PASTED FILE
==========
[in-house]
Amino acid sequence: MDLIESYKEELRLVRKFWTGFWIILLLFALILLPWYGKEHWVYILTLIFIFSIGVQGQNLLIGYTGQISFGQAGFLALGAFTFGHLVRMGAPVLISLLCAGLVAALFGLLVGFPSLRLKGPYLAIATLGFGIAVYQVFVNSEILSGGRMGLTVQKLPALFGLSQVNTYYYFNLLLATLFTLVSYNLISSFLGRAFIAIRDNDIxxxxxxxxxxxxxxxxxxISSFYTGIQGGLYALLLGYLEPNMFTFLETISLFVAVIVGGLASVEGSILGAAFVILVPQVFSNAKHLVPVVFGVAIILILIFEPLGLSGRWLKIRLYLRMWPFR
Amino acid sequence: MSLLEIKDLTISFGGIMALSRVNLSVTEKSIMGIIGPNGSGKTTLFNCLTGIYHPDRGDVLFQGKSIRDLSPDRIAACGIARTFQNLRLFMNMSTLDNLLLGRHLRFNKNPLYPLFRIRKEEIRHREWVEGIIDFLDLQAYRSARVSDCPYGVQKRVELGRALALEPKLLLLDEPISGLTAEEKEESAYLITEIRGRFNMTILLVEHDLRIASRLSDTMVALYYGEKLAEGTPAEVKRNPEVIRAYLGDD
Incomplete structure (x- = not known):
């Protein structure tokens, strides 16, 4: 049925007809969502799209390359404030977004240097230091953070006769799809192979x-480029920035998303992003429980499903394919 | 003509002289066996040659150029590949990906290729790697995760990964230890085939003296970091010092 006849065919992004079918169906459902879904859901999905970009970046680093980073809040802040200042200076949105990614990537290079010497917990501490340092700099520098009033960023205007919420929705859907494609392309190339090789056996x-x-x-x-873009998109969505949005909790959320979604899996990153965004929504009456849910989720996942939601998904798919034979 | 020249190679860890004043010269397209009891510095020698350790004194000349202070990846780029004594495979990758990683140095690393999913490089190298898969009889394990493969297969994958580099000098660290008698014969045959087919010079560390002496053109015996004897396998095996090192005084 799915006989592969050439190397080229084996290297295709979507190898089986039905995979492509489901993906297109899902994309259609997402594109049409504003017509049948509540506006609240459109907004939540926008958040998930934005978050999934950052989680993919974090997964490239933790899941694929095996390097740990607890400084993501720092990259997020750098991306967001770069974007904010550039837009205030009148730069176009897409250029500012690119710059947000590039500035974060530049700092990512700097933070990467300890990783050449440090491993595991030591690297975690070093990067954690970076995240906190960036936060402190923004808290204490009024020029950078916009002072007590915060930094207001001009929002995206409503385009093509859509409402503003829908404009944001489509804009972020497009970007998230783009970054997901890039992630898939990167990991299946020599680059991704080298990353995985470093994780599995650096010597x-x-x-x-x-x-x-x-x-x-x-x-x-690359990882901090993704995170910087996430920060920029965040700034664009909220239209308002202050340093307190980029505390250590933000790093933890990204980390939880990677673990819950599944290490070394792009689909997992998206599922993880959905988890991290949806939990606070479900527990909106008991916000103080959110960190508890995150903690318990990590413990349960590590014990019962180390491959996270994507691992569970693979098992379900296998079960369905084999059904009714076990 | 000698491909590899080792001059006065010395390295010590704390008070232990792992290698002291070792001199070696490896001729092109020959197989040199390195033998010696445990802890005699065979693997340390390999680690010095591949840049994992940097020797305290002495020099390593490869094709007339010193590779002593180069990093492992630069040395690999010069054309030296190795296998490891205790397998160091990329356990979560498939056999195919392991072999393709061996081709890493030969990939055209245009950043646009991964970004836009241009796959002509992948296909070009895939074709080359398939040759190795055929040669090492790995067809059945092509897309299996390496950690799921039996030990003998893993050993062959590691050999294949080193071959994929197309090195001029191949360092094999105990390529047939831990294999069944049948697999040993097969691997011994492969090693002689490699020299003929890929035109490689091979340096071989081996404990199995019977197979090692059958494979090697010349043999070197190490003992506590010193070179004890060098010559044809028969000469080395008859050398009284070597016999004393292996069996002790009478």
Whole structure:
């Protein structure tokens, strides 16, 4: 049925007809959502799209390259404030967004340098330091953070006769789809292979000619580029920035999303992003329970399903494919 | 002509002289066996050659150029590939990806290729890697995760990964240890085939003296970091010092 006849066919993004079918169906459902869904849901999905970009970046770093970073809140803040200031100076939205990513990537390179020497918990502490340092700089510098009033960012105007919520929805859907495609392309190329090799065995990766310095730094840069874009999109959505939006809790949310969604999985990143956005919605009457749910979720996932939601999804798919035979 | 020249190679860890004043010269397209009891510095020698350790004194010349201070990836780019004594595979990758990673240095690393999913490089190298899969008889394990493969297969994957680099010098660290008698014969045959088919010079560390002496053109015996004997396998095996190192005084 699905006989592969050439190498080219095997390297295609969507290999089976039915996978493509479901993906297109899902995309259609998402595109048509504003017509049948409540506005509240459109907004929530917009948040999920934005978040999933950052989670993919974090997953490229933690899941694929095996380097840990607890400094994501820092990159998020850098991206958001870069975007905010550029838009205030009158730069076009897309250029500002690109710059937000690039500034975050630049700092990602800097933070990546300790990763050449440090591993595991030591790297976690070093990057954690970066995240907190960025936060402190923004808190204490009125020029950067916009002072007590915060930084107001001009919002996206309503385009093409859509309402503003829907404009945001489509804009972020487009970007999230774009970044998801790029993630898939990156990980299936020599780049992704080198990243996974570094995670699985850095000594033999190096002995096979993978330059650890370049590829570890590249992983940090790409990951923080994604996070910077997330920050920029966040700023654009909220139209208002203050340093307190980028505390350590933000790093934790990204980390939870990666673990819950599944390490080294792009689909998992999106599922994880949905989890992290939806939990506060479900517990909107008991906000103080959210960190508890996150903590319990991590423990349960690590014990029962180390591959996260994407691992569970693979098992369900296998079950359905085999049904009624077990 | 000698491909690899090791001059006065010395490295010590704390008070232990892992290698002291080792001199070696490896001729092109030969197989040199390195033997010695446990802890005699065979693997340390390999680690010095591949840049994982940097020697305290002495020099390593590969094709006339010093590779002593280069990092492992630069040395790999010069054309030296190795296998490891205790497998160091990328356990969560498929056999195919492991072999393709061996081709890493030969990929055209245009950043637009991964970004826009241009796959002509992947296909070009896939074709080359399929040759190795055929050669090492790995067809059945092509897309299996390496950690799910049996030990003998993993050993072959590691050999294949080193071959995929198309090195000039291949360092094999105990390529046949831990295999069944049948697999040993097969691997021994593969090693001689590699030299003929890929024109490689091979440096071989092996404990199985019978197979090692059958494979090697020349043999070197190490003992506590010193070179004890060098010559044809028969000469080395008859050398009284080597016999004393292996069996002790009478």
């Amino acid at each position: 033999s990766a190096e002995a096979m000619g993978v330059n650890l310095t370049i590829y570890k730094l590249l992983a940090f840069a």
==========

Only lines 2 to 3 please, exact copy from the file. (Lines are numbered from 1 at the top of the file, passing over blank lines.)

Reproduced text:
Amino acid sequence: MDLIESYKEELRLVRKFWTGFWIILLLFALILLPWYGKEHWVYILTLIFIFSIGVQGQNLLIGYTGQISFGQAGFLALGAFTFGHLVRMGAPVLISLLCAGLVAALFGLLVGFPSLRLKGPYLAIATLGFGIAVYQVFVNSEILSGGRMGLTVQKLPALFGLSQVNTYYYFNLLLATLFTLVSYNLISSFLGRAFIAIRDNDIxxxxxxxxxxxxxxxxxxISSFYTGIQGGLYALLLGYLEPNMFTFLETISLFVAVIVGGLASVEGSILGAAFVILVPQVFSNAKHLVPVVFGVAIILILIFEPLGLSGRWLKIRLYLRMWPFR
Amino acid sequence: MSLLEIKDLTISFGGIMALSRVNLSVTEKSIMGIIGPNGSGKTTLFNCLTGIYHPDRGDVLFQGKSIRDLSPDRIAACGIARTFQNLRLFMNMSTLDNLLLGRHLRFNKNPLYPLFRIRKEEIRHREWVEGIIDFLDLQAYRSARVSDCPYGVQKRVELGRALALEPKLLLLDEPISGLTAEEKEESAYLITEIRGRFNMTILLVEHDLRIASRLSDTMVALYYGEKLAEGTPAEVKRNPEVIRAYLGDD